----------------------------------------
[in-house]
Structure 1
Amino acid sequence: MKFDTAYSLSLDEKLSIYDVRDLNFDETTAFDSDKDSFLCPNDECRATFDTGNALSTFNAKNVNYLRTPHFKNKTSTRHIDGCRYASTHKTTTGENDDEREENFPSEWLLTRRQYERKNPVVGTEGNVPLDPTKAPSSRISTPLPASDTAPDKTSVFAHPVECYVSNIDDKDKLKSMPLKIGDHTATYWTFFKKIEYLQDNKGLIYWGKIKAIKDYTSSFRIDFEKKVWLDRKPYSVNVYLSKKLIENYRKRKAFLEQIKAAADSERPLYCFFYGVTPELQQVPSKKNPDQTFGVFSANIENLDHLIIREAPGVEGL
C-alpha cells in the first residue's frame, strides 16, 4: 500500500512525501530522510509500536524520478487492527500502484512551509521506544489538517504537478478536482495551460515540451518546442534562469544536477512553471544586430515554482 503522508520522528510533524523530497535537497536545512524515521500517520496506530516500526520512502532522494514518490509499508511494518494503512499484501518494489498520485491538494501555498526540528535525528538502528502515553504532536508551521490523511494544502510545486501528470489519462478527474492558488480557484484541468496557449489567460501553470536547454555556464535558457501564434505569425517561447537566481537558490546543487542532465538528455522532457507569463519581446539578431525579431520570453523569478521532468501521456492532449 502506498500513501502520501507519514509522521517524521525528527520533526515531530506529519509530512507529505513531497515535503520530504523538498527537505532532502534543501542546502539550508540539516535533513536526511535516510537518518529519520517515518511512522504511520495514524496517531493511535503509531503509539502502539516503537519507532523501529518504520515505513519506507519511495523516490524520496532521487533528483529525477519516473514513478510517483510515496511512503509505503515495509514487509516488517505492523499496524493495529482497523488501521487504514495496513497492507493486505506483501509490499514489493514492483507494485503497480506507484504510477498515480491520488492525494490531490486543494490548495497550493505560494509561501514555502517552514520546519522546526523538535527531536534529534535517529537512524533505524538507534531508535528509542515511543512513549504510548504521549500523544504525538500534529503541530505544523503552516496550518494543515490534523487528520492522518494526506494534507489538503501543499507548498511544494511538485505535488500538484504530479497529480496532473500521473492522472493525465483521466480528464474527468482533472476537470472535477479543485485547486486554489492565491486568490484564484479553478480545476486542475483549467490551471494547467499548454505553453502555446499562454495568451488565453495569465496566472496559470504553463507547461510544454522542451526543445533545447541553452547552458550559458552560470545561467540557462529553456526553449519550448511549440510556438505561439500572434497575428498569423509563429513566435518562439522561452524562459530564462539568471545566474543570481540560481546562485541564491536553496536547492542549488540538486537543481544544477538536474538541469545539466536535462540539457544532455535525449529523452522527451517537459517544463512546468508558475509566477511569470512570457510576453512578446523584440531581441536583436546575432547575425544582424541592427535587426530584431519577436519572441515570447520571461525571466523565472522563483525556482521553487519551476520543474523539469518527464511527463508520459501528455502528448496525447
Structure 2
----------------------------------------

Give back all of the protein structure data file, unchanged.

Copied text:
[in-house]
Structure 1
Amino acid sequence: MKFDTAYSLSLDEKLSIYDVRDLNFDETTAFDSDKDSFLCPNDECRATFDTGNALSTFNAKNVNYLRTPHFKNKTSTRHIDGCRYASTHKTTTGENDDEREENFPSEWLLTRRQYERKNPVVGTEGNVPLDPTKAPSSRISTPLPASDTAPDKTSVFAHPVECYVSNIDDKDKLKSMPLKIGDHTATYWTFFKKIEYLQDNKGLIYWGKIKAIKDYTSSFRIDFEKKVWLDRKPYSVNVYLSKKLIENYRKRKAFLEQIKAAADSERPLYCFFYGVTPELQQVPSKKNPDQTFGVFSANIENLDHLIIREAPGVEGL
C-alpha cells in the first residue's frame, strides 16, 4: 500500500512525501530522510509500536524520478487492527500502484512551509521506544489538517504537478478536482495551460515540451518546442534562469544536477512553471544586430515554482 503522508520522528510533524523530497535537497536545512524515521500517520496506530516500526520512502532522494514518490509499508511494518494503512499484501518494489498520485491538494501555498526540528535525528538502528502515553504532536508551521490523511494544502510545486501528470489519462478527474492558488480557484484541468496557449489567460501553470536547454555556464535558457501564434505569425517561447537566481537558490546543487542532465538528455522532457507569463519581446539578431525579431520570453523569478521532468501521456492532449 502506498500513501502520501507519514509522521517524521525528527520533526515531530506529519509530512507529505513531497515535503520530504523538498527537505532532502534543501542546502539550508540539516535533513536526511535516510537518518529519520517515518511512522504511520495514524496517531493511535503509531503509539502502539516503537519507532523501529518504520515505513519506507519511495523516490524520496532521487533528483529525477519516473514513478510517483510515496511512503509505503515495509514487509516488517505492523499496524493495529482497523488501521487504514495496513497492507493486505506483501509490499514489493514492483507494485503497480506507484504510477498515480491520488492525494490531490486543494490548495497550493505560494509561501514555502517552514520546519522546526523538535527531536534529534535517529537512524533505524538507534531508535528509542515511543512513549504510548504521549500523544504525538500534529503541530505544523503552516496550518494543515490534523487528520492522518494526506494534507489538503501543499507548498511544494511538485505535488500538484504530479497529480496532473500521473492522472493525465483521466480528464474527468482533472476537470472535477479543485485547486486554489492565491486568490484564484479553478480545476486542475483549467490551471494547467499548454505553453502555446499562454495568451488565453495569465496566472496559470504553463507547461510544454522542451526543445533545447541553452547552458550559458552560470545561467540557462529553456526553449519550448511549440510556438505561439500572434497575428498569423509563429513566435518562439522561452524562459530564462539568471545566474543570481540560481546562485541564491536553496536547492542549488540538486537543481544544477538536474538541469545539466536535462540539457544532455535525449529523452522527451517537459517544463512546468508558475509566477511569470512570457510576453512578446523584440531581441536583436546575432547575425544582424541592427535587426530584431519577436519572441515570447520571461525571466523565472522563483525556482521553487519551476520543474523539469518527464511527463508520459501528455502528448496525447
Structure 2